Secure shopping

Studio equipment

Our full range of studio equipment from all the leading equipment and software brands. Guaranteed fast delivery and low prices.

Visit Juno Studio

Secure shopping

DJ equipment

Our full range of DJ equipment from all the leading equipment and software brands. Guaranteed fast delivery and low prices.  Visit Juno DJ

Secure shopping

Vinyl & CDs

The world's largest dance music store featuring the most comprehensive selection of new and back catalogue dance music Vinyl and CDs online.  Visit Juno Records

Moodymann – I Can’t Kick This Feeling When It Hits (Appointment remixes) review

Those of you who frequent the more discerning record shops of Berlin – or at least the catalogue pages of the Hardwax website – will no doubt be aware of the mysterious Livejam crew and their defiantly purist take on house and techno production; nothing but analogue gear,  grainy samples, one take recordings and vinyl-only releases for this lot.

Released on the newly minted Decks Reworx imprint, Appointment – apparently made up of four members of the Livejam collective, although whether this is actually true or not remains cloaked in analogue mystery – overhaul the famed Moodymann remix of Chic’s “I Want Your Love”. First released on KDJ Records back in – gulp – 1996, it still stands as one of the best examples of taking a ubiquitous disco sample and breathing new live into it. Kenny Dixon Jnr’s own gravelly spoken word vocal paves the way toward a hypnotic bassline and instantly recognisable looped vocal and slinky guitar samples from one of Bernard Edwards and Nile Rodgers’ finest moments.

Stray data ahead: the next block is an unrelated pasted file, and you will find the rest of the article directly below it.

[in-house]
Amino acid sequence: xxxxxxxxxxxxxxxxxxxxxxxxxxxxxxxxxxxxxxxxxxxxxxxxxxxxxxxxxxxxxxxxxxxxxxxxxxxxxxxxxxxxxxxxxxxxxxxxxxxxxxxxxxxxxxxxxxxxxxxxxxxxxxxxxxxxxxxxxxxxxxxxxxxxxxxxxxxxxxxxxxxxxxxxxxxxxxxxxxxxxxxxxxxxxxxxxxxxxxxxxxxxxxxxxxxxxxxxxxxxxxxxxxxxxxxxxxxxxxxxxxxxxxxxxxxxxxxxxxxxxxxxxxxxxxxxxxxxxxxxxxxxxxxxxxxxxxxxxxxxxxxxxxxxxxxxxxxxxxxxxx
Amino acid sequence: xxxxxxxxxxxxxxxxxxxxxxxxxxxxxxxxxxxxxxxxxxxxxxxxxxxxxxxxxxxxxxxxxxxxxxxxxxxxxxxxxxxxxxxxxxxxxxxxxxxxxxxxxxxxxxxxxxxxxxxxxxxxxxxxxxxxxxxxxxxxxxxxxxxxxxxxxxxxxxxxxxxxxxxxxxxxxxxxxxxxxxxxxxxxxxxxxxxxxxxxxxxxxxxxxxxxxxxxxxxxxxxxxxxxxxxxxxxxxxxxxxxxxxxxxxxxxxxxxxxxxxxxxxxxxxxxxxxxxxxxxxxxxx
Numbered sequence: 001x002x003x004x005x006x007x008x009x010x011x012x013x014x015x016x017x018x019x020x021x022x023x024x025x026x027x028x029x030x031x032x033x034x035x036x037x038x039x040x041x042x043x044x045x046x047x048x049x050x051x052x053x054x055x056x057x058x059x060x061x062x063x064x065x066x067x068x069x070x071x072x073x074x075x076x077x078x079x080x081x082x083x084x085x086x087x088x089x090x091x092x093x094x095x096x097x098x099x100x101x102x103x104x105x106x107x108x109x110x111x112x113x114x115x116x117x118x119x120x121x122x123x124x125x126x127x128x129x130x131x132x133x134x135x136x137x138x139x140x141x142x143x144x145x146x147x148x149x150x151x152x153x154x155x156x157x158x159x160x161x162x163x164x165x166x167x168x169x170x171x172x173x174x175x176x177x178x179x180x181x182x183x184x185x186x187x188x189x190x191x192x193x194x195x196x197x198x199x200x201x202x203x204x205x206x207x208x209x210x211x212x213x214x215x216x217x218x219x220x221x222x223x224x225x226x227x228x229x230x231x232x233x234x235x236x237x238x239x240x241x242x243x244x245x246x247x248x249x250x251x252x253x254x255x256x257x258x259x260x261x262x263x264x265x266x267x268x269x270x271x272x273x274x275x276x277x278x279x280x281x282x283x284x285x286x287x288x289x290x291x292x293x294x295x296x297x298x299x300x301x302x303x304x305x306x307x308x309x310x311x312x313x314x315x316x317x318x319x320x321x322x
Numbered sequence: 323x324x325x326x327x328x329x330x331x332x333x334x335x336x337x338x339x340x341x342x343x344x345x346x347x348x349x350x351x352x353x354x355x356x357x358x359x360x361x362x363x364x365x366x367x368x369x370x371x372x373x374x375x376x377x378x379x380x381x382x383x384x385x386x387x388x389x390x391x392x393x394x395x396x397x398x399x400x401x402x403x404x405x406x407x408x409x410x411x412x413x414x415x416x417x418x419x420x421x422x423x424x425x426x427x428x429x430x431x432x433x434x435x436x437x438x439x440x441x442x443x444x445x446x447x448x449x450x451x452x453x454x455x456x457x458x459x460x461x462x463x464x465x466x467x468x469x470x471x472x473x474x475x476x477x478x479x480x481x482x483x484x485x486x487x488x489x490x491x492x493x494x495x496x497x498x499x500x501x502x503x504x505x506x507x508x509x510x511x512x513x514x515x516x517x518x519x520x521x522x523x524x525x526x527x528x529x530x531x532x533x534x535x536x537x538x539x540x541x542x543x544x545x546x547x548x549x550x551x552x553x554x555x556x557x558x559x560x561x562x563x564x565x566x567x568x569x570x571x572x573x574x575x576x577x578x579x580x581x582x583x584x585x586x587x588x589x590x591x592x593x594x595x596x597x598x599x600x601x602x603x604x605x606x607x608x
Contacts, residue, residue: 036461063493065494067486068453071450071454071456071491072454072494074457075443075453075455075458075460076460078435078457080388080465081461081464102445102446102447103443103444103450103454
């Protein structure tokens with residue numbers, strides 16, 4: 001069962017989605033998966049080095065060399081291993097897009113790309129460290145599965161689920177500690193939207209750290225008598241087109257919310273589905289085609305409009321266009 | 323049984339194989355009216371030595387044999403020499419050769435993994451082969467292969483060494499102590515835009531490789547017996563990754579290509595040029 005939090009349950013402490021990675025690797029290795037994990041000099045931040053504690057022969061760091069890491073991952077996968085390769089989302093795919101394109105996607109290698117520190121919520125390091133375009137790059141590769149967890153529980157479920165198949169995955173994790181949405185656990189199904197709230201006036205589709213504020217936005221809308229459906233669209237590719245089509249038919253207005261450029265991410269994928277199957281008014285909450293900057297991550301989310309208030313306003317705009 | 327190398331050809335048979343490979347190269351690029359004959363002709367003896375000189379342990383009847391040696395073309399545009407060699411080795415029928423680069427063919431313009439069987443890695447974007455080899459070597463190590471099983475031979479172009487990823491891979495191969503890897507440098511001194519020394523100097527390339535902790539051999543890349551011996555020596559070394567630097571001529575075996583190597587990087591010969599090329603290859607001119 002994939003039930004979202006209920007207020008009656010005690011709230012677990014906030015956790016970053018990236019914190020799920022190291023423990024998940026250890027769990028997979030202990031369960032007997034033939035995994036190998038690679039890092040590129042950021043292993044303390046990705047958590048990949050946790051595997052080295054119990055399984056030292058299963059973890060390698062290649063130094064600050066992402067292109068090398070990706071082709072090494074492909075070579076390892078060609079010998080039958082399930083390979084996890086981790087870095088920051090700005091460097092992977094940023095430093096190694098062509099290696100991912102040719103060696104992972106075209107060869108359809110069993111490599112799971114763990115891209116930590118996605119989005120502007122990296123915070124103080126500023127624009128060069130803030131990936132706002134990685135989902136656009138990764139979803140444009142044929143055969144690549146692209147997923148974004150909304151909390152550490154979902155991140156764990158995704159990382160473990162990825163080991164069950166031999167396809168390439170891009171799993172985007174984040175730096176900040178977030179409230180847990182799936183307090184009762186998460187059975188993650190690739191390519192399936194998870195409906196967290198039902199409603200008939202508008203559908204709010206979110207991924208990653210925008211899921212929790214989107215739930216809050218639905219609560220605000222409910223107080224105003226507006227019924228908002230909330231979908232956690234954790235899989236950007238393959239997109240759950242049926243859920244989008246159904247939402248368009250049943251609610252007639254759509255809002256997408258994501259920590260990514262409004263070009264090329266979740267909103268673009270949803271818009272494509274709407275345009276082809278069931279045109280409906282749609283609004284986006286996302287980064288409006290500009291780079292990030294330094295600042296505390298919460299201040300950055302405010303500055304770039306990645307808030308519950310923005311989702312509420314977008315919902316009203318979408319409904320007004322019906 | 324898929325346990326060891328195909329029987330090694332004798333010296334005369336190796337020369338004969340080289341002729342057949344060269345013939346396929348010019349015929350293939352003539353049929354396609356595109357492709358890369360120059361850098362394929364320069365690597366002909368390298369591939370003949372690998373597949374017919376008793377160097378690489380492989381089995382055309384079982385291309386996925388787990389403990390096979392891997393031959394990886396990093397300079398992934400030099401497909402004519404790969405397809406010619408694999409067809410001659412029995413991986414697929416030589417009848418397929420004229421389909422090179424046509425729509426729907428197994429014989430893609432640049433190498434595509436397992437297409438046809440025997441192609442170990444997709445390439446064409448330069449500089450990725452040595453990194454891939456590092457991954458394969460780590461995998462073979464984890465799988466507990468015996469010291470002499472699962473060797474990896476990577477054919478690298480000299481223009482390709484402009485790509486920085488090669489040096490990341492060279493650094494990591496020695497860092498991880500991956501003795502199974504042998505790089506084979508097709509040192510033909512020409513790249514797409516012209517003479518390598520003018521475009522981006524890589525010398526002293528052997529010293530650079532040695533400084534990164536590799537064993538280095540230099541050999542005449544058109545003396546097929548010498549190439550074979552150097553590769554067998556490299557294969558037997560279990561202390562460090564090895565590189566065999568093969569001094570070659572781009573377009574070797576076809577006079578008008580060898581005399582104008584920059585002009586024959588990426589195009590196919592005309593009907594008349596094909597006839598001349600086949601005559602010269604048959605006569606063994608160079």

Rather than a merely indulging in a minor tweak or perfunctory tinker, “I Can’t Kick This Feeling When It Hits” is given the full Livejam/Appointment treatment – twice. The first remix is almost unrecognisable from Dixon Jnr’s version, eschewing the guitar and vocal samples totally in favour of stripped back drum programming, forming a mighty deep groove that soon locks into the spoken word vocals. There’s not much to it: it’s sparse, raw and thumping, but that, of course, is the Livejam way. The second version retains the vocal loop used in the edit, but it’s buried beneath a raw, gritty thump primed for sweat-drenched warehouse party use. The Livejam sound has thus far been restricted to the realm of secret weapon, but appearing in such illustrious company should ensure plenty more people seek out their records.

Aaron Coultate